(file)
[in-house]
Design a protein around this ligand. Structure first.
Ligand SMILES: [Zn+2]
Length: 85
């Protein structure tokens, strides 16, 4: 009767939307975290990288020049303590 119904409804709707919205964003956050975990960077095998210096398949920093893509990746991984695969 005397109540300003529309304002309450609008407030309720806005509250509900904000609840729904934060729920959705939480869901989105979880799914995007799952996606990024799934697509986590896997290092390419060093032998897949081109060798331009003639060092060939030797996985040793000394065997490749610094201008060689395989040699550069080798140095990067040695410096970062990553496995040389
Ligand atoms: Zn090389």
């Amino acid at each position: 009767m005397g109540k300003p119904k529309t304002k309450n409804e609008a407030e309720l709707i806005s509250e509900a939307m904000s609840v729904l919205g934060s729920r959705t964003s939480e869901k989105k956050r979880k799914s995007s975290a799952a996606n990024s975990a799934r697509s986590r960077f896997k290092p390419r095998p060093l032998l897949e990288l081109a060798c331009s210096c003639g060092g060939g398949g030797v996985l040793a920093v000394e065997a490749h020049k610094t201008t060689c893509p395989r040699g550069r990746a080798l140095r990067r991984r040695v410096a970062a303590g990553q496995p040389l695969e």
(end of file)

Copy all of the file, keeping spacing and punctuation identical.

[in-house]
Design a protein around this ligand. Structure first.
Ligand SMILES: [Zn+2]
Length: 85
């Protein structure tokens, strides 16, 4: 009767939307975290990288020049303590 119904409804709707919205964003956050975990960077095998210096398949920093893509990746991984695969 005397109540300003529309304002309450609008407030309720806005509250509900904000609840729904934060729920959705939480869901989105979880799914995007799952996606990024799934697509986590896997290092390419060093032998897949081109060798331009003639060092060939030797996985040793000394065997490749610094201008060689395989040699550069080798140095990067040695410096970062990553496995040389
Ligand atoms: Zn090389």
């Amino acid at each position: 009767m005397g109540k300003p119904k529309t304002k309450n409804e609008a407030e309720l709707i806005s509250e509900a939307m904000s609840v729904l919205g934060s729920r959705t964003s939480e869901k989105k956050r979880k799914s995007s975290a799952a996606n990024s975990a799934r697509s986590r960077f896997k290092p390419r095998p060093l032998l897949e990288l081109a060798c331009s210096c003639g060092g060939g398949g030797v996985l040793a920093v000394e065997a490749h020049k610094t201008t060689c893509p395989r040699g550069r990746a080798l140095r990067r991984r040695v410096a970062a303590g990553q496995p040389l695969e």